From Cockermouth to Calais, with love
A Cockermouth mother, who set up a website to send items to refugees in Calais, said she was overwhelmed by the response.
Sian Spencer set up the Cockermouth to Calais website on Sunday to ask for people to donate camping kit, clothes and food at the town's Lorton Street Methodist Church and by Wednesday, the church was full of goods.
Town haulier Simon Nicholson offered to transport everything to Carlisle, to Calais Action Carlisle.
From there all the donated goods will be shipped to Calais in London, which has links with the refugee camps.
Sian, of Cedar Lane, said: "Everyone has been fantastic, it's been a real show of humanity, so many people wanted to do something."
She was keen to point out she has only played a small part in the hugely successful venture which was initially mean to be a one-off but will be repeated due to its success.
Details of future collection points will be put on the website.
"I spoke to my mum, Sue Warner, who is involved in All Saints Church, about helping these refugees and it all snowballed form there.
"It turned out there were so many people who wanted to do the right thing, and help," said Sian, a solicitor at Burnetts, who lives in Cedar Lane.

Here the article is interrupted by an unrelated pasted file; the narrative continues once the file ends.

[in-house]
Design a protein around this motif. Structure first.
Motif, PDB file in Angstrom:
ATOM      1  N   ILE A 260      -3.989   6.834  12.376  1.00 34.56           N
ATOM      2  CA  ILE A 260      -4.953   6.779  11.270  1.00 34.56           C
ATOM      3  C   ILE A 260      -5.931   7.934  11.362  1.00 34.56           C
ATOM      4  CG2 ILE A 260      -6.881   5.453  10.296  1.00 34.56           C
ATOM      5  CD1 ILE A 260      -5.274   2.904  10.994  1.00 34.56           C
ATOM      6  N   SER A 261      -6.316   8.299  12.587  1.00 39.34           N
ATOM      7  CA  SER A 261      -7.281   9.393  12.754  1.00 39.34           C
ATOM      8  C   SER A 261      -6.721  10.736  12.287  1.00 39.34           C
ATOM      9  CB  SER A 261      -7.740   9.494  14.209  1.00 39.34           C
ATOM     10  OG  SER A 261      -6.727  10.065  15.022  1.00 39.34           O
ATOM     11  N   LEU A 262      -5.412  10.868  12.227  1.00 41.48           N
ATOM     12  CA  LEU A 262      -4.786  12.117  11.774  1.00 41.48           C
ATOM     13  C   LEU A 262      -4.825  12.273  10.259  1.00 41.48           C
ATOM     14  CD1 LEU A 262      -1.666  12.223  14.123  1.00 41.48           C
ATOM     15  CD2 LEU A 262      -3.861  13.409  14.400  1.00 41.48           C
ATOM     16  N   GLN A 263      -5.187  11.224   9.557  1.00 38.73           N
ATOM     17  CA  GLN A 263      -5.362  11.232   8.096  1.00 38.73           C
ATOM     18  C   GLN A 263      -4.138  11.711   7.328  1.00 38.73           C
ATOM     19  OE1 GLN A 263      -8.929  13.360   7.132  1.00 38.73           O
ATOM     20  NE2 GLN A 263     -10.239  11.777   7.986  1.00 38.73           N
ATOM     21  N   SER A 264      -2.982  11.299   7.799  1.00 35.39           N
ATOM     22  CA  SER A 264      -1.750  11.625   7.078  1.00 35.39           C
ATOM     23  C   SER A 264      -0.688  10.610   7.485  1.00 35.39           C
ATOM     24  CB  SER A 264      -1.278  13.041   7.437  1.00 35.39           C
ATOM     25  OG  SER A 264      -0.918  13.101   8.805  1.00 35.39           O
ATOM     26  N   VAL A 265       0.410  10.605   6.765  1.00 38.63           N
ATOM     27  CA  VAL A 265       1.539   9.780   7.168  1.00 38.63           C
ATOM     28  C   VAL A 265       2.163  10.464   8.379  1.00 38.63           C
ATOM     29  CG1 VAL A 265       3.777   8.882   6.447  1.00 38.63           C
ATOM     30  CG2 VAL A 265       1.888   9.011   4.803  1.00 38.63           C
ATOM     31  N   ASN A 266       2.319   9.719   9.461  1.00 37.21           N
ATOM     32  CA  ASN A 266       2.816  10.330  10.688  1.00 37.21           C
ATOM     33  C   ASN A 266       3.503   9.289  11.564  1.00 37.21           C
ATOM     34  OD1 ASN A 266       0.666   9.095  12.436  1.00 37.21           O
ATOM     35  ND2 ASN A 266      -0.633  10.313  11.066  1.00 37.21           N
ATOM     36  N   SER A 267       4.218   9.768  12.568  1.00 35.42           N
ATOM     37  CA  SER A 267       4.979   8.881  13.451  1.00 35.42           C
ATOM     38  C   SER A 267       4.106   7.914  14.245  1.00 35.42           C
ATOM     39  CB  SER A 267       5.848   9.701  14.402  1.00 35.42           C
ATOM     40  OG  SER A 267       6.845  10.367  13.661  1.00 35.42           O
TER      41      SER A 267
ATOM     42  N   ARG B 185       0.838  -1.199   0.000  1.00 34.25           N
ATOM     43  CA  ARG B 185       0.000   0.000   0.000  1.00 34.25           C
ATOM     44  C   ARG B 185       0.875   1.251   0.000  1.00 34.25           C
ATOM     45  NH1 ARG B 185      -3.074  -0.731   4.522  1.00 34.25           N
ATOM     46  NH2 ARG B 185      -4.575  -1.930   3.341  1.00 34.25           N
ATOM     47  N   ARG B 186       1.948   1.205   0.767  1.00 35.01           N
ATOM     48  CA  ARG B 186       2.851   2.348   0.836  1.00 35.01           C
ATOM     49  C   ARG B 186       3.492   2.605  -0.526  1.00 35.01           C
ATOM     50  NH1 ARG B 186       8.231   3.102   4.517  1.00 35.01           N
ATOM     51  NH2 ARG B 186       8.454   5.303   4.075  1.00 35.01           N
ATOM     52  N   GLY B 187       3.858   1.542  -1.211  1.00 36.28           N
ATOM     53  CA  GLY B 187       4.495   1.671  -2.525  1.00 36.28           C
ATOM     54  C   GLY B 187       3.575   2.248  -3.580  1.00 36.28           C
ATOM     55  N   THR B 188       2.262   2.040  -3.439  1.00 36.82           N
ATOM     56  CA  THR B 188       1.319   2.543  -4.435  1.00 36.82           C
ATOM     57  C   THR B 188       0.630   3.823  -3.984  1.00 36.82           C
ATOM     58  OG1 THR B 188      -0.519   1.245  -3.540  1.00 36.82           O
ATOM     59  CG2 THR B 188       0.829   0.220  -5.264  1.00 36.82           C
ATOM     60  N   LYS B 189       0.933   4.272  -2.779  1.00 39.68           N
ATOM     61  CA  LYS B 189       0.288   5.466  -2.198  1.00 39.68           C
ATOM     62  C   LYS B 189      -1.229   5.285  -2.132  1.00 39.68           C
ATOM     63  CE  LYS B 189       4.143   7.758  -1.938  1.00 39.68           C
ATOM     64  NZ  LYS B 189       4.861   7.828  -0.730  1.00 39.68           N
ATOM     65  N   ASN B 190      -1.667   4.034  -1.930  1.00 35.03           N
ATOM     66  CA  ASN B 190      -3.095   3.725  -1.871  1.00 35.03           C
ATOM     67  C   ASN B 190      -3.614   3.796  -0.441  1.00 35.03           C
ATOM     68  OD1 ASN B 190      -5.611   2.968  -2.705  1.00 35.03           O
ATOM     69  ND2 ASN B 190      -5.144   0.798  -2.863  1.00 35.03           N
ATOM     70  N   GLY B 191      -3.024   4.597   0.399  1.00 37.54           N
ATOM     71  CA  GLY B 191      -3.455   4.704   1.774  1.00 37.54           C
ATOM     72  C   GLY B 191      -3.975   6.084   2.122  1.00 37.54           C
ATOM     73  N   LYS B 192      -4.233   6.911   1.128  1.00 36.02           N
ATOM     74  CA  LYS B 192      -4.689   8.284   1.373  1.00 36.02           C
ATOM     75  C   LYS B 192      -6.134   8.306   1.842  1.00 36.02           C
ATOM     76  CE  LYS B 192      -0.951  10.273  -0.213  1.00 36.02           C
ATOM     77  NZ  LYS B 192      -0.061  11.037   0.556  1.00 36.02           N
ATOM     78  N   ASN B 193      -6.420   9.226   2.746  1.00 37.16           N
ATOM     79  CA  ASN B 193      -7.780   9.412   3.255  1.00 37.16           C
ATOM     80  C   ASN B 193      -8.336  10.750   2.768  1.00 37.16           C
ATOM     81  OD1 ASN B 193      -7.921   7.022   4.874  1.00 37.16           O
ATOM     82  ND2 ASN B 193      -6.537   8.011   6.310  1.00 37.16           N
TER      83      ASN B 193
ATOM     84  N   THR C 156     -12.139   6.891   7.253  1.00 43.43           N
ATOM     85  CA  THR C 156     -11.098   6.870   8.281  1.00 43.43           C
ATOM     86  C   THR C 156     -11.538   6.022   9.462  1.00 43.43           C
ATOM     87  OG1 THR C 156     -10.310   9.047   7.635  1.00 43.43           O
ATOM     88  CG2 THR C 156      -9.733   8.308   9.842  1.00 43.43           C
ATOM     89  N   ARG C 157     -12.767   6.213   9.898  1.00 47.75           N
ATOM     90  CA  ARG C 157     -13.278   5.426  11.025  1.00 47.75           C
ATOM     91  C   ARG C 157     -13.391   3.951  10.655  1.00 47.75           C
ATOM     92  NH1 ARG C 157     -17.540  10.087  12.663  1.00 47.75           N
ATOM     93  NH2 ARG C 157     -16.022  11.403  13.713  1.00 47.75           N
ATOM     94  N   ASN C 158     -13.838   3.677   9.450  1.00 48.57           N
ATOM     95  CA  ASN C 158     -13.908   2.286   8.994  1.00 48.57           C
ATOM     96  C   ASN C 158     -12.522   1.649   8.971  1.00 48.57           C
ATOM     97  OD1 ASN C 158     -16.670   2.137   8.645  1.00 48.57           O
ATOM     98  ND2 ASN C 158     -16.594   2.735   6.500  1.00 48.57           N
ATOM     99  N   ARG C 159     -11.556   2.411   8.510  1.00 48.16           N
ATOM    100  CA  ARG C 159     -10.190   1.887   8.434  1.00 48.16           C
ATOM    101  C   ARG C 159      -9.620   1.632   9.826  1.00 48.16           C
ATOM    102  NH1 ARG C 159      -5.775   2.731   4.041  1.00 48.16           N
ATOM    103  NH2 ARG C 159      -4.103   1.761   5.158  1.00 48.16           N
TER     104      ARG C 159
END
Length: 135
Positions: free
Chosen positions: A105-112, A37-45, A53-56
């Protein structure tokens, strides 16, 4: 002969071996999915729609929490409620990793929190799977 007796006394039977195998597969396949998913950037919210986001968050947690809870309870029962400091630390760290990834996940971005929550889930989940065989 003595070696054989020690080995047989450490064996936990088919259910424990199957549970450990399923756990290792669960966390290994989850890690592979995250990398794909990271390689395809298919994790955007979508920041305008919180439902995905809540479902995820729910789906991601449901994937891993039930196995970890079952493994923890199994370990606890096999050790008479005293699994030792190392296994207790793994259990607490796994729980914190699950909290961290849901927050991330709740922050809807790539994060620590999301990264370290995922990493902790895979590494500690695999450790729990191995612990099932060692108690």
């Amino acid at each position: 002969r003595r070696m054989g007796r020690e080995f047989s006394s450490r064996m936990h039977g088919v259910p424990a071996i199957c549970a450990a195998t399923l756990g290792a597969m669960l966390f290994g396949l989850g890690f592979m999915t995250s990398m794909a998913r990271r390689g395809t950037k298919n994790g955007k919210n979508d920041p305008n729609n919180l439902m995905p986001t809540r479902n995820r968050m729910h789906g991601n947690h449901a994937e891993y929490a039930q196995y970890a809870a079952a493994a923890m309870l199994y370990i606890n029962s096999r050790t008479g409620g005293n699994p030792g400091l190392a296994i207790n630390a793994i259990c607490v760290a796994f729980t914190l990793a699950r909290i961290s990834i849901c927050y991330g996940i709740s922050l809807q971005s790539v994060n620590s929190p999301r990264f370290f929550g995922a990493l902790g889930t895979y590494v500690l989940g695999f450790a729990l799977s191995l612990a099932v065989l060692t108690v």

Sian added: "So many people have donated goods and I have had emails from many people wanting to help or donate money.
"Fairfield Primary School heard about it and texted all the parents."
Cockermouth area team rector The Rev Godfrey Butland contacted local churches and helped co-ordinate the collection point.
Sian and Sue, of Beech Lane, were due to travel to Carlisle yesterday to help sort and label the many bags of goods.
The website was inspired by the shocking image of a drowned three-year-old, Aylan Kurdi, who washed up on a beach in Turkey after fleeing war in Syria.
Sian said: "I was at work at the time and had to walk out when I saw it."
She was keen to do something for the many refugees stranded in Calais.
The majority are thought to be seeking asylum from Afghanistan, Iraq, Syria, Eritrea and Somalia.
In Calais, migrants set up camp wherever they can using waste or unoccupied land and moving to new locations when camps are closed down by the French authorities.
Other migrants live in squats in abandoned buildings.
Mr Butland said: "That one photo of the young boy changed everything, it brought home to people this was someone's child, these people are human beings.
"The town network has kicked in. I'm a new boy here but had heard what warm-hearted people there are here, always willing to respond when a need is identified. This has proved that."
The website, at www.cockermouthtocalais.com, called for items such as sleeping bags, tents, blankets, coats, toiletries, tinned food and cooking items.
Future collection points will be listed on it and organisers have asked that goods are no longer dropped off at Lorton Street Methodist Church.